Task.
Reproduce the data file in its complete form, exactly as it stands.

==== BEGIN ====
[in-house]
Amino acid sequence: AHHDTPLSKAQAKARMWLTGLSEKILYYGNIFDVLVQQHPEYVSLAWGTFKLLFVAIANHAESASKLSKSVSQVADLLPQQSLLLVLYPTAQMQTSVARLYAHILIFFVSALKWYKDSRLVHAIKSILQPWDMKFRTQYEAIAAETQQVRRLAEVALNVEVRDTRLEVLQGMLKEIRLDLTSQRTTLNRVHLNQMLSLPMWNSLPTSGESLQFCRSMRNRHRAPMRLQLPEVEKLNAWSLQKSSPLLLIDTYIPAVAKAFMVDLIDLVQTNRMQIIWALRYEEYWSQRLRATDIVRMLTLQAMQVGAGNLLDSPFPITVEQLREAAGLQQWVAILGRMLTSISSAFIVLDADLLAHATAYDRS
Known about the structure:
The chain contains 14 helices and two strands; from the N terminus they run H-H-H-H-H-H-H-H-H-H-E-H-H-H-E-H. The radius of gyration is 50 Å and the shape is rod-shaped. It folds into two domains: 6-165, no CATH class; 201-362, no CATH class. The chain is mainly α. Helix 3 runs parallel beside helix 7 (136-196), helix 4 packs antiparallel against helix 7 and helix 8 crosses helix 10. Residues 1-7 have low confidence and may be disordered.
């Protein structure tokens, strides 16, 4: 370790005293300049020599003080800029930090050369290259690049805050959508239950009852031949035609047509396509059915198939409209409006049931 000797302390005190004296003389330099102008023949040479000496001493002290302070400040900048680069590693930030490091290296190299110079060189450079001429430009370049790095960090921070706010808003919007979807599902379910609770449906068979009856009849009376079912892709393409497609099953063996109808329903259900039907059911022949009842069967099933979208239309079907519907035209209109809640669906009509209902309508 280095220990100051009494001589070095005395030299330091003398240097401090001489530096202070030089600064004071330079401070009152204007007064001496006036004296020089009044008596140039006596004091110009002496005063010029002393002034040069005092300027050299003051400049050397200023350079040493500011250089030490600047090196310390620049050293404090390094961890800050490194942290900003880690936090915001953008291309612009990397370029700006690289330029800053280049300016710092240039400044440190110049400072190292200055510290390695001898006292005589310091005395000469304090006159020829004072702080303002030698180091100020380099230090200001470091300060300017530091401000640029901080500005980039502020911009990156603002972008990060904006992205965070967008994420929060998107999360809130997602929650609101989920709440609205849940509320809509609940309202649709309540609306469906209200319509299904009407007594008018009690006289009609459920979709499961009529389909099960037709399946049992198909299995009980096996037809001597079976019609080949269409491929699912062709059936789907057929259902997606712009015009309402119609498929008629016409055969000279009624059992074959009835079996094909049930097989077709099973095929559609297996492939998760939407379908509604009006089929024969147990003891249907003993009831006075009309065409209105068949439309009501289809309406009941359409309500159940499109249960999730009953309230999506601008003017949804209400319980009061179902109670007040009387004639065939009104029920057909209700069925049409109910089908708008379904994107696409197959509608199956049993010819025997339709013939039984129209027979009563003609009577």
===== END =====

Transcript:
[in-house]
Amino acid sequence: AHHDTPLSKAQAKARMWLTGLSEKILYYGNIFDVLVQQHPEYVSLAWGTFKLLFVAIANHAESASKLSKSVSQVADLLPQQSLLLVLYPTAQMQTSVARLYAHILIFFVSALKWYKDSRLVHAIKSILQPWDMKFRTQYEAIAAETQQVRRLAEVALNVEVRDTRLEVLQGMLKEIRLDLTSQRTTLNRVHLNQMLSLPMWNSLPTSGESLQFCRSMRNRHRAPMRLQLPEVEKLNAWSLQKSSPLLLIDTYIPAVAKAFMVDLIDLVQTNRMQIIWALRYEEYWSQRLRATDIVRMLTLQAMQVGAGNLLDSPFPITVEQLREAAGLQQWVAILGRMLTSISSAFIVLDADLLAHATAYDRS
Known about the structure:
The chain contains 14 helices and two strands; from the N terminus they run H-H-H-H-H-H-H-H-H-H-E-H-H-H-E-H. The radius of gyration is 50 Å and the shape is rod-shaped. It folds into two domains: 6-165, no CATH class; 201-362, no CATH class. The chain is mainly α. Helix 3 runs parallel beside helix 7 (136-196), helix 4 packs antiparallel against helix 7 and helix 8 crosses helix 10. Residues 1-7 have low confidence and may be disordered.
């Protein structure tokens, strides 16, 4: 370790005293300049020599003080800029930090050369290259690049805050959508239950009852031949035609047509396509059915198939409209409006049931 000797302390005190004296003389330099102008023949040479000496001493002290302070400040900048680069590693930030490091290296190299110079060189450079001429430009370049790095960090921070706010808003919007979807599902379910609770449906068979009856009849009376079912892709393409497609099953063996109808329903259900039907059911022949009842069967099933979208239309079907519907035209209109809640669906009509209902309508 280095220990100051009494001589070095005395030299330091003398240097401090001489530096202070030089600064004071330079401070009152204007007064001496006036004296020089009044008596140039006596004091110009002496005063010029002393002034040069005092300027050299003051400049050397200023350079040493500011250089030490600047090196310390620049050293404090390094961890800050490194942290900003880690936090915001953008291309612009990397370029700006690289330029800053280049300016710092240039400044440190110049400072190292200055510290390695001898006292005589310091005395000469304090006159020829004072702080303002030698180091100020380099230090200001470091300060300017530091401000640029901080500005980039502020911009990156603002972008990060904006992205965070967008994420929060998107999360809130997602929650609101989920709440609205849940509320809509609940309202649709309540609306469906209200319509299904009407007594008018009690006289009609459920979709499961009529389909099960037709399946049992198909299995009980096996037809001597079976019609080949269409491929699912062709059936789907057929259902997606712009015009309402119609498929008629016409055969000279009624059992074959009835079996094909049930097989077709099973095929559609297996492939998760939407379908509604009006089929024969147990003891249907003993009831006075009309065409209105068949439309009501289809309406009941359409309500159940499109249960999730009953309230999506601008003017949804209400319980009061179902109670007040009387004639065939009104029920057909209700069925049409109910089908708008379904994107696409197959509608199956049993010819025997339709013939039984129209027979009563003609009577």